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World Oceans Day 2014: Time to do something to protect the marine ecosystem

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World Oceans Day on June 8 gave thousands of organizations from around 70 of the globe's countries a chance to hold events to honor and celebrate the massive bodies of water covering most of the Earth's surface.

Beginning as an unofficial annual celebration in 2002 and given official United Nations recognition in 2008, World Oceans Day offers a chance to promote protecting those waters, said officials from The Ocean Project and World Ocean Network, who help put together the occasion.

A theme for World Oceans Day 2014 was "Together, we have the power to protect the ocean," they announced.

That protection is vital, they said, because in addition to generating most of the oxygen all life on Earth depends upon, the oceans -- 332.5 million cubic miles of water -- feed the world's people, control our climate and are a source of potential drugs and medicines that may cure many diseases with new discoveries.

Around the world some 600 different events were scheduled in Asian, Africa, North America, Europe, South America and the Middle East.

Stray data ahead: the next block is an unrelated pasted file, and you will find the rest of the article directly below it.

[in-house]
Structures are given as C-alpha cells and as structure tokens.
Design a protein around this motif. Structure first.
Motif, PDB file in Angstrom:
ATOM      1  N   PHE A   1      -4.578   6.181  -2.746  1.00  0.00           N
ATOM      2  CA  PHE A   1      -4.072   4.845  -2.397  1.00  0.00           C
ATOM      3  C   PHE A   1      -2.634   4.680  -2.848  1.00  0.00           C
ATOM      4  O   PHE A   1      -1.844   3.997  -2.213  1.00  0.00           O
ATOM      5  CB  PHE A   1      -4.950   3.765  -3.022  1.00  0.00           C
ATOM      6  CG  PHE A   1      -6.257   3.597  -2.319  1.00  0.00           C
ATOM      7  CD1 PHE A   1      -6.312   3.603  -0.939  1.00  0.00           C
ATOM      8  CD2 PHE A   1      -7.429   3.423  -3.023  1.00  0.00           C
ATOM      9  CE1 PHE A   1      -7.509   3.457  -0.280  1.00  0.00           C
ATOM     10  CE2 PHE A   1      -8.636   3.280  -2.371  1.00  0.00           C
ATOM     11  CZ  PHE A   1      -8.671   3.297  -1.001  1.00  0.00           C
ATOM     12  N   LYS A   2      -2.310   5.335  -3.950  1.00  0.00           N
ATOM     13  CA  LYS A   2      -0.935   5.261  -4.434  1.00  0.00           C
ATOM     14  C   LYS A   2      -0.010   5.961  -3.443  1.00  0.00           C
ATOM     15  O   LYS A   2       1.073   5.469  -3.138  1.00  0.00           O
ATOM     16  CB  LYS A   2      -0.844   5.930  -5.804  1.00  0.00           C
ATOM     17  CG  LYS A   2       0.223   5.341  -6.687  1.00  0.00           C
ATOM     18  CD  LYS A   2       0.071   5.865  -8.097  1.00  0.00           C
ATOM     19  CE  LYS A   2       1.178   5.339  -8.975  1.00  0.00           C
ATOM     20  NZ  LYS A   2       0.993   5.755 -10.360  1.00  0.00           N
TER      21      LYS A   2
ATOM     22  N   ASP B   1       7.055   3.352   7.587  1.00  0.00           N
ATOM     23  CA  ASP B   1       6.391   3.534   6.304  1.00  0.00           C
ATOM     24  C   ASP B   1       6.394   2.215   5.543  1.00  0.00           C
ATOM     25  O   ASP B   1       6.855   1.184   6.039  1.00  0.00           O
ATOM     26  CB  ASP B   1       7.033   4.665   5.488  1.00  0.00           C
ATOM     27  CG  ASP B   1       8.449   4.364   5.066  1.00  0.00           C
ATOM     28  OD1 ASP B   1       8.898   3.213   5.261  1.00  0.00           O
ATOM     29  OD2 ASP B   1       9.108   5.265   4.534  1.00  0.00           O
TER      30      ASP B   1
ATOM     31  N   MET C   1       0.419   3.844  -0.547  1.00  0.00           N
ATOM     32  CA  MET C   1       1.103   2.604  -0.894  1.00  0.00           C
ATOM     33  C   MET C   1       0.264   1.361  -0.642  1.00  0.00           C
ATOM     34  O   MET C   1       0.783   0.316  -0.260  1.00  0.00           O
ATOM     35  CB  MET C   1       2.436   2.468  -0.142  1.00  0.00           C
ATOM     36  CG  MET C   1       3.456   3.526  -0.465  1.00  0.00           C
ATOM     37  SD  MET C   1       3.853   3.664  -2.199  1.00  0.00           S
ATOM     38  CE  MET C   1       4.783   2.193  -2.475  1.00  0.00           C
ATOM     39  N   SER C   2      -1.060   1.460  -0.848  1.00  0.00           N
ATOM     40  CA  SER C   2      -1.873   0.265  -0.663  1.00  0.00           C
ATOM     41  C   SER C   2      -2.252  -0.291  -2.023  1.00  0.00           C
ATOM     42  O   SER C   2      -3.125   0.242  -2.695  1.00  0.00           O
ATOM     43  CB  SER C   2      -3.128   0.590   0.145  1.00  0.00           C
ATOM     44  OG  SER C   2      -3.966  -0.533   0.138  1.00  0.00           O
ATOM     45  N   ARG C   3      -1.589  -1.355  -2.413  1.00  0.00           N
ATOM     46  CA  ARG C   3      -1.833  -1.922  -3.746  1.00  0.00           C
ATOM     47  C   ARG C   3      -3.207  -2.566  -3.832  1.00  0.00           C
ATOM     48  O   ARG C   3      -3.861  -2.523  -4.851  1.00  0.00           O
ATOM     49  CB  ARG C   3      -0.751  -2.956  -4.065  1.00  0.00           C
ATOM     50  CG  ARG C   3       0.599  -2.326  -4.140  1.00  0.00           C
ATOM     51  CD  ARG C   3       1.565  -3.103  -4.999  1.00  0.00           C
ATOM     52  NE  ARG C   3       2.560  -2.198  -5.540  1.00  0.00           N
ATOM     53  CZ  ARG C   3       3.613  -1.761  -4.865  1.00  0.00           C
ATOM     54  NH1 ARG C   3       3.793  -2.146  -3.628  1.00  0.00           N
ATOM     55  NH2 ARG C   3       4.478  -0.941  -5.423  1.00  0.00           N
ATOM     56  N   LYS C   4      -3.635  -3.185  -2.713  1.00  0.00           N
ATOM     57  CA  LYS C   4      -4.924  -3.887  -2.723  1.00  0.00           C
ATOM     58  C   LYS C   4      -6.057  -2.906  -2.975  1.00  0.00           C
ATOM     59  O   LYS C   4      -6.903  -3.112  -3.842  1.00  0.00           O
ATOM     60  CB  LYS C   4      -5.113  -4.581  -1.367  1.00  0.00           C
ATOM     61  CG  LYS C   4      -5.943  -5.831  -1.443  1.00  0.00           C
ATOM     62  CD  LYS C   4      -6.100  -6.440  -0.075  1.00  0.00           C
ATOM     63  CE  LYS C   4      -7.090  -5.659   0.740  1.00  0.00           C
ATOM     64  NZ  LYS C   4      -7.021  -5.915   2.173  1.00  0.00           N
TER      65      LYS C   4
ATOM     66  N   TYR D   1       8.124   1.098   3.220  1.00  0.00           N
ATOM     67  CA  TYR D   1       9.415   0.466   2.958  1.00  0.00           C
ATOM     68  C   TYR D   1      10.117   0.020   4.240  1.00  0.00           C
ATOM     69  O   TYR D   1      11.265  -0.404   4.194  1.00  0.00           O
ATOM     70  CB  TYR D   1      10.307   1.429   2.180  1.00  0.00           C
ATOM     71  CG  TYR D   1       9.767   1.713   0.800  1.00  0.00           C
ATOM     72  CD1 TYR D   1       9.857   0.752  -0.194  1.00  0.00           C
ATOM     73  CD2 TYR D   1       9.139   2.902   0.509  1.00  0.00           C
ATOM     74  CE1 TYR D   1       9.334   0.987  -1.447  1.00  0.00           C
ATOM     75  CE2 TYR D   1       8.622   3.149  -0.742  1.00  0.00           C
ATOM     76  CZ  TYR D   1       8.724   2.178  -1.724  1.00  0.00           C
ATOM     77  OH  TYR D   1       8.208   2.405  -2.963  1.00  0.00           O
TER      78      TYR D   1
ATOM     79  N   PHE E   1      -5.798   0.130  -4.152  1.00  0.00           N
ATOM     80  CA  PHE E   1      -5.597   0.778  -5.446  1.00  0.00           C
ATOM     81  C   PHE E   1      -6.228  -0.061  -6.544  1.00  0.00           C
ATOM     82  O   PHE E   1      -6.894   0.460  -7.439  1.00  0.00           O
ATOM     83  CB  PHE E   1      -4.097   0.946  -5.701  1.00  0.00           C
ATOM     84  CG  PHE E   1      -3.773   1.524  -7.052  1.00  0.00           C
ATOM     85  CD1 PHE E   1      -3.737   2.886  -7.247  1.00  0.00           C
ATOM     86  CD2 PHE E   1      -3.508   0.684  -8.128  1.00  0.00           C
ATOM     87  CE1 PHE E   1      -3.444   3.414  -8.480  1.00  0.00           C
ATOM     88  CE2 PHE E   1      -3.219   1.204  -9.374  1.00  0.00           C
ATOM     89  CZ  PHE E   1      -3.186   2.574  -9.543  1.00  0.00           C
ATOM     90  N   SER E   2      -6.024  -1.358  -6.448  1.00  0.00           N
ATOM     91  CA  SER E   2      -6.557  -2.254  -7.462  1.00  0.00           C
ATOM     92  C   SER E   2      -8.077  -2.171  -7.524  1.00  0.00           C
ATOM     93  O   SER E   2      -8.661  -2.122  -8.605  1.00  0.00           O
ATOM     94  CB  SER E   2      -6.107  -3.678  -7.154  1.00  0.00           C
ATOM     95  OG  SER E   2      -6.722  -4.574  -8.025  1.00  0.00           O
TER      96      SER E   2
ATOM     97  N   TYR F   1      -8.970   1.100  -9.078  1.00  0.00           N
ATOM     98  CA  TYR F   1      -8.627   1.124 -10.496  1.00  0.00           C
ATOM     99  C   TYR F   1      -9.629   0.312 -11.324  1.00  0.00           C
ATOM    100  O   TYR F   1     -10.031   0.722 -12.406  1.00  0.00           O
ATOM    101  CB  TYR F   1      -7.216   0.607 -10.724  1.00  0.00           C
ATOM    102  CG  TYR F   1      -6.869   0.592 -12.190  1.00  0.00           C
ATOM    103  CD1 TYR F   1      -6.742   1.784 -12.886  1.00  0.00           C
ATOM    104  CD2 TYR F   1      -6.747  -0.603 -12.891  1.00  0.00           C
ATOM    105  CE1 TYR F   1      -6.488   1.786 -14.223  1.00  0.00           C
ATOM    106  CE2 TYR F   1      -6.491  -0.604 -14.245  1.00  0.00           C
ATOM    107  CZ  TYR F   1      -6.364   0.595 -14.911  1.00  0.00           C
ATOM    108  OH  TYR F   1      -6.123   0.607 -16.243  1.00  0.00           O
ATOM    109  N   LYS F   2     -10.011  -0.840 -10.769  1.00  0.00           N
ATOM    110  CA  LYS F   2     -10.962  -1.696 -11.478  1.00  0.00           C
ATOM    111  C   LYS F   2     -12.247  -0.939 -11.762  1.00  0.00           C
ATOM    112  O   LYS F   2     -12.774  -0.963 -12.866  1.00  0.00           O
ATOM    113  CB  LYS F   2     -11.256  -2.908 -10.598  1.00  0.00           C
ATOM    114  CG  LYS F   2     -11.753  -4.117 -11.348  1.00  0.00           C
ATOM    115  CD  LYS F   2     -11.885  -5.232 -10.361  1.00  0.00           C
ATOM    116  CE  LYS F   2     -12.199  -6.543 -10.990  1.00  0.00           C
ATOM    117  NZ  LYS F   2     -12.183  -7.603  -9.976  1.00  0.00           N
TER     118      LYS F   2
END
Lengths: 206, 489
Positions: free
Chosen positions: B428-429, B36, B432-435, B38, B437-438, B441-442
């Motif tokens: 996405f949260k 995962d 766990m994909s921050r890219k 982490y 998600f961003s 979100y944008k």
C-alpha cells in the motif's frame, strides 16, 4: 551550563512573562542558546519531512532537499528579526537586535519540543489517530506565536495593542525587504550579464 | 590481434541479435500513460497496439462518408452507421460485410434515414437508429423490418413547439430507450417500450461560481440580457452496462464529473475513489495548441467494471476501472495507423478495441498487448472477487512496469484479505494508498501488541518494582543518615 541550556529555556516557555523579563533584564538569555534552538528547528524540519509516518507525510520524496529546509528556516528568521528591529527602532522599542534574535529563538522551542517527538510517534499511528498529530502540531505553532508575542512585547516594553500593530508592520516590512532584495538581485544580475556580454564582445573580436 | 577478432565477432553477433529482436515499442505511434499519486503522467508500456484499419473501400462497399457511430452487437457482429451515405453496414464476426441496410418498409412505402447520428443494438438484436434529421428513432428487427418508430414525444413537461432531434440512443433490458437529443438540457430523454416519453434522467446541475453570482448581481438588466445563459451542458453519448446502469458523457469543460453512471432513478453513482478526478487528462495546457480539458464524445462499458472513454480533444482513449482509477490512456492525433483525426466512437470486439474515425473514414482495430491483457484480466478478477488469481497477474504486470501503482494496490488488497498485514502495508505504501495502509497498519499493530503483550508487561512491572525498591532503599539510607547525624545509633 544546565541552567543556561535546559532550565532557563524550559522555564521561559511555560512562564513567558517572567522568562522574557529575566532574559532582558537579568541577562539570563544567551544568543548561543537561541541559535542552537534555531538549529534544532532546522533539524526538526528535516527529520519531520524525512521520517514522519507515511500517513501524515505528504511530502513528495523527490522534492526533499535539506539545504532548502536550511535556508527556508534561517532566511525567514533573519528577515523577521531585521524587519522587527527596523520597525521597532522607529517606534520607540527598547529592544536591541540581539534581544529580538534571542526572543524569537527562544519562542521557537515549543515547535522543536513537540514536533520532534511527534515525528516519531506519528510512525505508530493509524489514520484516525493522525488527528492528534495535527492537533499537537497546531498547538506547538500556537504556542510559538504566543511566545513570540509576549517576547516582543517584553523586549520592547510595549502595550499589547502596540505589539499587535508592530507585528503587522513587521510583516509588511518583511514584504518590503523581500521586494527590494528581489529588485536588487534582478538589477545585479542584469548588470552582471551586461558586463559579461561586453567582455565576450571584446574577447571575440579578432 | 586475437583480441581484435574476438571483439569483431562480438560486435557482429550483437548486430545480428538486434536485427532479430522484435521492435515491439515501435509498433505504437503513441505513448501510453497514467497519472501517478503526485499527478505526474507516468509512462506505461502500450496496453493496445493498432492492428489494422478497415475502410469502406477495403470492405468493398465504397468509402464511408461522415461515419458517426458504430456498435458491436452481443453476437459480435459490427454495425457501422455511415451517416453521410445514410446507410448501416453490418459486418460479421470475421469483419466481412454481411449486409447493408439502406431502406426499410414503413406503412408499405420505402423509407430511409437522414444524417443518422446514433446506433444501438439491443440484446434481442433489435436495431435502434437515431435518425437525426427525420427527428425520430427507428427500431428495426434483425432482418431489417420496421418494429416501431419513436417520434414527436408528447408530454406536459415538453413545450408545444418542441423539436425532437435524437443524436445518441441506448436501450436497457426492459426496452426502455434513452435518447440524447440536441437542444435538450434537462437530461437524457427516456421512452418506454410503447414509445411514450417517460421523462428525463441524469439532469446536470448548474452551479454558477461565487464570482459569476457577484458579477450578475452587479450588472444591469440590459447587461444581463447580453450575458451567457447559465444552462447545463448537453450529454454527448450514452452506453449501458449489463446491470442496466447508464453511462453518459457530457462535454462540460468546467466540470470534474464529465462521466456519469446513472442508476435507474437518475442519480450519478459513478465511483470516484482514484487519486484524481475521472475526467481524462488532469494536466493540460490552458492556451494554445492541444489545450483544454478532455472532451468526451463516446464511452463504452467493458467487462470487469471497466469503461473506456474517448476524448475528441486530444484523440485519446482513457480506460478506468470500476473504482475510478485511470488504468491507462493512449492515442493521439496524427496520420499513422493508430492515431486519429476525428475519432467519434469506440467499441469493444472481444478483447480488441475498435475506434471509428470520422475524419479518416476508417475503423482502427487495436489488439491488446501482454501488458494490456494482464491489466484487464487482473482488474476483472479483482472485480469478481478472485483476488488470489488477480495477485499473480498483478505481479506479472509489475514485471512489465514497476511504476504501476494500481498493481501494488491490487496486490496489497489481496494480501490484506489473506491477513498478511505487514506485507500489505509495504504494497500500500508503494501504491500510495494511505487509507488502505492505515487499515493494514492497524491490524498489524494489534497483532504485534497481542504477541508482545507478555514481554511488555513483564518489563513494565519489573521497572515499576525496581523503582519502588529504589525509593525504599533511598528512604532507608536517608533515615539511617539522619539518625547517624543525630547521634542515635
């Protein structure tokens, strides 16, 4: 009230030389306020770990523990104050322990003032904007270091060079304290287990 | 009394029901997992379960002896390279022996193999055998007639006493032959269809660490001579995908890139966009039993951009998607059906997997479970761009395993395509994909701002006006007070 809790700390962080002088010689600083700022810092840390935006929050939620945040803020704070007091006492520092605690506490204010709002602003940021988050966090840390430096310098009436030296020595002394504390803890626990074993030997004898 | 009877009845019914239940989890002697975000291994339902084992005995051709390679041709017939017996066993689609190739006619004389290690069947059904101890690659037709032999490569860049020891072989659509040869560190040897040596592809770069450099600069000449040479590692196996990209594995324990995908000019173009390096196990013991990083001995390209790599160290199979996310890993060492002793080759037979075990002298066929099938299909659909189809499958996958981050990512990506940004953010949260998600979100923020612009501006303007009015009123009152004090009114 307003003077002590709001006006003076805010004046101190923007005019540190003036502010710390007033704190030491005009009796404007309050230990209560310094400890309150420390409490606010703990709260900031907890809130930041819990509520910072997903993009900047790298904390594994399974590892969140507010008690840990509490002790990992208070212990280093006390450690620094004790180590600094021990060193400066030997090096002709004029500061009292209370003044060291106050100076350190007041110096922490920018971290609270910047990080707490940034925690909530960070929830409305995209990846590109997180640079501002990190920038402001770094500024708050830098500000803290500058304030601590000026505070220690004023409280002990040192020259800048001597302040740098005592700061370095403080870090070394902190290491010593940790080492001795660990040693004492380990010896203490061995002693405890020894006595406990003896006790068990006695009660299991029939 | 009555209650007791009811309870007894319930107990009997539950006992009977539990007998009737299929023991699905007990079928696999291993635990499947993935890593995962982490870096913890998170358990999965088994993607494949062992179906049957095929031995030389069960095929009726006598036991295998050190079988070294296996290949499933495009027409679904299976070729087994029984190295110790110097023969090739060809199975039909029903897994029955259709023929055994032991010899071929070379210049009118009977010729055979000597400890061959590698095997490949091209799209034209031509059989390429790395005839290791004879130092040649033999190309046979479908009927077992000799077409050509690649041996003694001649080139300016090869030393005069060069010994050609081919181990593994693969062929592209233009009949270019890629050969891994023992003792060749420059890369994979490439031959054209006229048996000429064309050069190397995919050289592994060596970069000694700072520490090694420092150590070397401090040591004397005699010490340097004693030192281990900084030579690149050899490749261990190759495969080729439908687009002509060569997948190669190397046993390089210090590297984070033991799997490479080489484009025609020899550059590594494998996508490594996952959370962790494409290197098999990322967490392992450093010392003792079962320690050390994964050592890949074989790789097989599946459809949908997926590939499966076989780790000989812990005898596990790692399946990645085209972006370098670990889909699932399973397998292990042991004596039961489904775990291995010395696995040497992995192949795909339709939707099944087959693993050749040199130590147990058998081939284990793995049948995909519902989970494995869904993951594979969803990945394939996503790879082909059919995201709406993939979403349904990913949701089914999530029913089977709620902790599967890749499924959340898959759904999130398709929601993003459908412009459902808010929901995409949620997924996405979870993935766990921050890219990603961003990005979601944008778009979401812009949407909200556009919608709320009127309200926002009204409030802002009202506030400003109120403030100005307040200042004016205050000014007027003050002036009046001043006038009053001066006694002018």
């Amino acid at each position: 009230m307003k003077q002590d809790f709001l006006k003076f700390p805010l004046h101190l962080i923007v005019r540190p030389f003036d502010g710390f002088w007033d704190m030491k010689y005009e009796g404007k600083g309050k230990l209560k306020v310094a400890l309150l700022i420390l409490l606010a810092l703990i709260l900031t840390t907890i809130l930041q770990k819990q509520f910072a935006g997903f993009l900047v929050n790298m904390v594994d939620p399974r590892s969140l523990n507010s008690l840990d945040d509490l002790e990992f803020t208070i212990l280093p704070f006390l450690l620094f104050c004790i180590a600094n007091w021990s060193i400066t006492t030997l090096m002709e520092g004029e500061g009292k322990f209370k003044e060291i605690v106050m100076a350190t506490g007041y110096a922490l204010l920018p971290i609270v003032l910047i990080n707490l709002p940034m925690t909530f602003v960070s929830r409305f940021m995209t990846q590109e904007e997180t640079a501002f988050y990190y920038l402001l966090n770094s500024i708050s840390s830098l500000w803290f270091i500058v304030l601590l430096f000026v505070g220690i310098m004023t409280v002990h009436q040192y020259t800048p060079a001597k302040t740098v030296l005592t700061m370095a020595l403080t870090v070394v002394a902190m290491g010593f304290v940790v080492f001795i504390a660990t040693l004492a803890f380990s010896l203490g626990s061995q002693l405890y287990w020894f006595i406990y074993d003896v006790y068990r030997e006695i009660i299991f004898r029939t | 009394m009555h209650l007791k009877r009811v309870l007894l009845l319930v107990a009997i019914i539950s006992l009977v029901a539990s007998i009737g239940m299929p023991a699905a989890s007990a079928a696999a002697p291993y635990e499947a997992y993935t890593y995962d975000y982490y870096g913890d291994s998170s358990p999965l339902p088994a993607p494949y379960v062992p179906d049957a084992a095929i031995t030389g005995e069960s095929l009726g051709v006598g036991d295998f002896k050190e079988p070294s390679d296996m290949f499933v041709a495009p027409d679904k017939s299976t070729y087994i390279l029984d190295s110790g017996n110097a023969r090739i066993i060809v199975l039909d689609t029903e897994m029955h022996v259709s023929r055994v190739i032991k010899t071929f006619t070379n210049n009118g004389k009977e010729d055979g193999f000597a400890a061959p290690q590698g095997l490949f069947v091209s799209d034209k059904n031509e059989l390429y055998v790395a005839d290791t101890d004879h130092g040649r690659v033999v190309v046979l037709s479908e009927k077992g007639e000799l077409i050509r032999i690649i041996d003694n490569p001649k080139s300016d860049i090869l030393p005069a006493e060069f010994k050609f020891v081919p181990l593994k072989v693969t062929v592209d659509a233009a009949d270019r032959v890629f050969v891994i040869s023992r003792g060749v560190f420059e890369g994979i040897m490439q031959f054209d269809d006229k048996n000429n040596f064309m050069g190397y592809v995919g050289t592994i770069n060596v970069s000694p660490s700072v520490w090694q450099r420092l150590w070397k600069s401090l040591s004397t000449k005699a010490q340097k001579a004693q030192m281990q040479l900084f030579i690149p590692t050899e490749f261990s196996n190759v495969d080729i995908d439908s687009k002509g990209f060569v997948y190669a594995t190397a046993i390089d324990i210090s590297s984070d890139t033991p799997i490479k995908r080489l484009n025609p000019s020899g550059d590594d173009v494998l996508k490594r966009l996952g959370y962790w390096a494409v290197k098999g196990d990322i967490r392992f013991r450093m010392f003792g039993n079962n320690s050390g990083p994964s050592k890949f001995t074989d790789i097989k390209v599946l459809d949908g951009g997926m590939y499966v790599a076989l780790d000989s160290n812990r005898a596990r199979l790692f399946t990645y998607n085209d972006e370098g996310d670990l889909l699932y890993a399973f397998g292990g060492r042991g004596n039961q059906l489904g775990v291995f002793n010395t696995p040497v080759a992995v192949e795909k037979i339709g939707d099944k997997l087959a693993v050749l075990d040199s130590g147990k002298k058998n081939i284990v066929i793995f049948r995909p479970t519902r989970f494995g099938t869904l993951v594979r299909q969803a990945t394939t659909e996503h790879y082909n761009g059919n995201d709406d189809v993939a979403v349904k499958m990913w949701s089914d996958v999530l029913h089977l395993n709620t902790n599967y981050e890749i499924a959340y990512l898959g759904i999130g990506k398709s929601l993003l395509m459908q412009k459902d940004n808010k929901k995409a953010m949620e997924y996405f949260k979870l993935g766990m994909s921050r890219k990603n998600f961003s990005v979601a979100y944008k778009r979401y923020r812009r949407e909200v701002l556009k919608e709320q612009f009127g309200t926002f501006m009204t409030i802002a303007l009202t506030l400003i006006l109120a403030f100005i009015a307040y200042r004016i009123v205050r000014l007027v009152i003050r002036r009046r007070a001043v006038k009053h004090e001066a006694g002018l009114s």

One event promoted by the organizers was a "Selfies for the Sea" competition, which encouraged participants to share snaps on social media under a #WorldOceansDay tag of the ways in which they're helping protect and sustain the globe's water supply.

On the World Oceans Day website, a number of other activities were promoted.

One was a "Wear Blue, Tell Two" event encouraging people to don blue-colored clothing to increase awareness of ocean conservation, while sharing at least two facts with family or friends about the importance of protecting the world's seas.

The website also featured some sample designs for those wanting to create their own T-shirts, including the logos of the National Aquarium, The Ocean Project and the Monterey Bay Aquarium.

"Our ocean has a great wealth of diverse kinds of life, but it's in trouble," organizers say on the website. "Climate change has already been linked to the killing of coral reefs. Coupled with destructive fishing practices, there is a dramatic decline in many types of fish and sea life we depend on.

"There are important, easy actions each of us can take to help," they wrote. "Calculating our carbon footprints and looking for ways to reduce our role in climate change is a great step.

"Likewise, we can choose seafood that is abundant in supply and fished or farmed without harm to the ocean and coasts."

And the National Science Foundation has joined in with a Q&A where two oceanographers explain the warm ocean current called El Niño and how it affects oceans and climate.

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